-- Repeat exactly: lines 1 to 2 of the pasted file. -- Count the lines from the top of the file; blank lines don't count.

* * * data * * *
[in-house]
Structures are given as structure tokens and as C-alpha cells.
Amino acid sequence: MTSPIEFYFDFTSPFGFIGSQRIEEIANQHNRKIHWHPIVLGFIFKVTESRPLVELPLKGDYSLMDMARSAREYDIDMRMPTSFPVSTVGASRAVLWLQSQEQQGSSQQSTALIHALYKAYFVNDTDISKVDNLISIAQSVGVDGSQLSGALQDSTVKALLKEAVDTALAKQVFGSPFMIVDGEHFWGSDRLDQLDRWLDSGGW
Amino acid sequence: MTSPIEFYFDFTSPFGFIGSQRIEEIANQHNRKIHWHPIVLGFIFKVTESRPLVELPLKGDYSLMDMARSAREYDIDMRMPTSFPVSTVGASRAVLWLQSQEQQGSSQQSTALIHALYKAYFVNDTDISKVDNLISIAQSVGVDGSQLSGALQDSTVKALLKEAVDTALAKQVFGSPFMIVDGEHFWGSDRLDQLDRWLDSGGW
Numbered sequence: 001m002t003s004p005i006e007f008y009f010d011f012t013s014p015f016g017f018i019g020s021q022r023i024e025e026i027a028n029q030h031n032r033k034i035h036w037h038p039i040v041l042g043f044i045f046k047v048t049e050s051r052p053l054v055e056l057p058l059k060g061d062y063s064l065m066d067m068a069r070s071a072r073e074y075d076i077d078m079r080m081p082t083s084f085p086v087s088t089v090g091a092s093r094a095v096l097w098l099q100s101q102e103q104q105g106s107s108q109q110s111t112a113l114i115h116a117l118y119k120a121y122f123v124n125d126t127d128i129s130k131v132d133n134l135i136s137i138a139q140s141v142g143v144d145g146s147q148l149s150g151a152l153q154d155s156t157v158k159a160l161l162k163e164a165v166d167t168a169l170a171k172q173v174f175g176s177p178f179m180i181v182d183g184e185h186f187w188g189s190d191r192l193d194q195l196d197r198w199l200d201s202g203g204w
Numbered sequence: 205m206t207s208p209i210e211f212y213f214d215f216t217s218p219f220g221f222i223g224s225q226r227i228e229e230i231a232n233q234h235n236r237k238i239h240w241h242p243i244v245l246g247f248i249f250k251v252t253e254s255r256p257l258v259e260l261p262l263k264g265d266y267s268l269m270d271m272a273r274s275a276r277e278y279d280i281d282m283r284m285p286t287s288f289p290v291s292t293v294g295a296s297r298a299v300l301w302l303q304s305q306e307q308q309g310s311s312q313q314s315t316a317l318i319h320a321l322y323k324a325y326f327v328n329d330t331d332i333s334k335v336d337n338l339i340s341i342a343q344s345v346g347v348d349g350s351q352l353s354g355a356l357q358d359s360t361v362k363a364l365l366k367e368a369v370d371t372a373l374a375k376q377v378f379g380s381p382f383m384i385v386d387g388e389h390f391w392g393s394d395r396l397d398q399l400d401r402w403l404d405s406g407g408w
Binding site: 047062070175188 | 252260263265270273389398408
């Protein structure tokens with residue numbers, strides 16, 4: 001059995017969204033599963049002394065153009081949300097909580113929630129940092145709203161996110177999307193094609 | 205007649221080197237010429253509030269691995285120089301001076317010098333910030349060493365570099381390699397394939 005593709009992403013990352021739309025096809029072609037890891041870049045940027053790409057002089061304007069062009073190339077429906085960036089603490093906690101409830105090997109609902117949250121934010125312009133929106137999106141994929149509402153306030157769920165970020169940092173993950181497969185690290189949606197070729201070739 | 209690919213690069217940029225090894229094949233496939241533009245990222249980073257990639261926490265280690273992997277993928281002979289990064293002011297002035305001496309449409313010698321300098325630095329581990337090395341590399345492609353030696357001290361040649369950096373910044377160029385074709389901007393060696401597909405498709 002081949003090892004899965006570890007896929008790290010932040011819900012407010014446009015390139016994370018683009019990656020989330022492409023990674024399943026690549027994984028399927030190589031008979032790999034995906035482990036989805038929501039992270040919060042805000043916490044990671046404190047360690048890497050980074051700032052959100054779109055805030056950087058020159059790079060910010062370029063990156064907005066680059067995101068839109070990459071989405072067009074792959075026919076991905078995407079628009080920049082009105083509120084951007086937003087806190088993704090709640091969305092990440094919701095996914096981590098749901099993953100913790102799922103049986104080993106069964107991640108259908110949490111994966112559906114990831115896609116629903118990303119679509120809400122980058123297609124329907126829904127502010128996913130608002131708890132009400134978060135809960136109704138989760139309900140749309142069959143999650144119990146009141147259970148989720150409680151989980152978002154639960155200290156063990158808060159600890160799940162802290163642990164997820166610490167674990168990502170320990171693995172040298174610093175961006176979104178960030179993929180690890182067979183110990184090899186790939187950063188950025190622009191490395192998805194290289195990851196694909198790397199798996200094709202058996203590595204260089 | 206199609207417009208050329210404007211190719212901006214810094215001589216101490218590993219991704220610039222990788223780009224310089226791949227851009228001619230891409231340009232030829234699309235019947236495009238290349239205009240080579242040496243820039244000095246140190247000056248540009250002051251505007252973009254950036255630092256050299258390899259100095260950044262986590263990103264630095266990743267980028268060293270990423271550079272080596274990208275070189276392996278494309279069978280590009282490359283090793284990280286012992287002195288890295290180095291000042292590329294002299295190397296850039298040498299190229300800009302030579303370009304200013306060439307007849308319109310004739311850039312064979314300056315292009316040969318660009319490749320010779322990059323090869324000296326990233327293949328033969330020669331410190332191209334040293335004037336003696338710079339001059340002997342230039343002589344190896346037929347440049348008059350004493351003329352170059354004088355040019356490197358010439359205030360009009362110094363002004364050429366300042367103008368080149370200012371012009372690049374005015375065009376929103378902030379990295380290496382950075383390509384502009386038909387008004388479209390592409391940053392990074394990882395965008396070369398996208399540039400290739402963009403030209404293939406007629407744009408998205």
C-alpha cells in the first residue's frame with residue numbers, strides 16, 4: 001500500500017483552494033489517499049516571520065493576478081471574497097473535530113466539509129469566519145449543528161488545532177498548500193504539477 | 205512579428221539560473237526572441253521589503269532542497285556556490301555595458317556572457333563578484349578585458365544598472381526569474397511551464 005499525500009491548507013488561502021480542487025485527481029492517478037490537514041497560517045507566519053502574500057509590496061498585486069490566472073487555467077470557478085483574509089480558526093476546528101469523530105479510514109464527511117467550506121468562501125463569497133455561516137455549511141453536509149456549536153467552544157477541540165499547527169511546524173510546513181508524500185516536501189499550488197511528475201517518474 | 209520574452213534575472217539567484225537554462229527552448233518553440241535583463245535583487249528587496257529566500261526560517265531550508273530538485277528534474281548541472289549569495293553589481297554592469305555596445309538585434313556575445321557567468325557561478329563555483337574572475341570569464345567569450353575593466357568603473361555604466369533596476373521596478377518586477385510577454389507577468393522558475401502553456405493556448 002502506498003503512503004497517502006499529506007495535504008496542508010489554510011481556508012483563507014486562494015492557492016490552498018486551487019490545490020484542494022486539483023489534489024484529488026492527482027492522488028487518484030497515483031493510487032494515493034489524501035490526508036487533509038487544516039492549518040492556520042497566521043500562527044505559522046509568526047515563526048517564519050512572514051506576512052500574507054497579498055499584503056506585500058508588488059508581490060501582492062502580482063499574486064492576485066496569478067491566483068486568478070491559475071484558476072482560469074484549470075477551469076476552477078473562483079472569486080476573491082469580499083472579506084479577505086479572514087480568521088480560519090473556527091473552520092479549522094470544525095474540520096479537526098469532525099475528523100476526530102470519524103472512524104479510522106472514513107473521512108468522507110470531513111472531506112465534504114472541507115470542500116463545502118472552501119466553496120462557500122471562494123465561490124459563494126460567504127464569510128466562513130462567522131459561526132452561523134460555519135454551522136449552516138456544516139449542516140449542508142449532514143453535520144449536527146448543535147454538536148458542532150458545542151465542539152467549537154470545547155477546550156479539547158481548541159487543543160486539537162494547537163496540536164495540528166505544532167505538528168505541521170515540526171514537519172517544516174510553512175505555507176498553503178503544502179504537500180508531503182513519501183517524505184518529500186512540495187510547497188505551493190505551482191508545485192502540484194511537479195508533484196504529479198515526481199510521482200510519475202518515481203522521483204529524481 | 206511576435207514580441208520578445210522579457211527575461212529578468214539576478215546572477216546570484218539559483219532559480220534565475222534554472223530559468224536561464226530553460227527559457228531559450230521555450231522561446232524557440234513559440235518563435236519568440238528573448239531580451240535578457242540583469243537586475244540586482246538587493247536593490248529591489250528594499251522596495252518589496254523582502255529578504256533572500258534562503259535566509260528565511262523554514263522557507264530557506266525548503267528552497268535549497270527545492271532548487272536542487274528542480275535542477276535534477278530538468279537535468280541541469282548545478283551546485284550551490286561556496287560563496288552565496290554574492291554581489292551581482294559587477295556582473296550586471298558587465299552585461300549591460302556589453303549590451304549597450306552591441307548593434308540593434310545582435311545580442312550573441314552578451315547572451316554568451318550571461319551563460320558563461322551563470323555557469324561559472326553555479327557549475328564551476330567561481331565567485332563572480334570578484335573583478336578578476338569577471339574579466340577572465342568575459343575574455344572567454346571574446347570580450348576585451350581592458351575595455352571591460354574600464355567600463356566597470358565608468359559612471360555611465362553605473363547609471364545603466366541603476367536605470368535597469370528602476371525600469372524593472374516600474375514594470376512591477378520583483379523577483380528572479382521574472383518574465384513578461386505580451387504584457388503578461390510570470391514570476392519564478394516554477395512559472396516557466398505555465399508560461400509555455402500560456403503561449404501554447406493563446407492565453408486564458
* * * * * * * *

[in-house]
Structures are given as structure tokens and as C-alpha cells.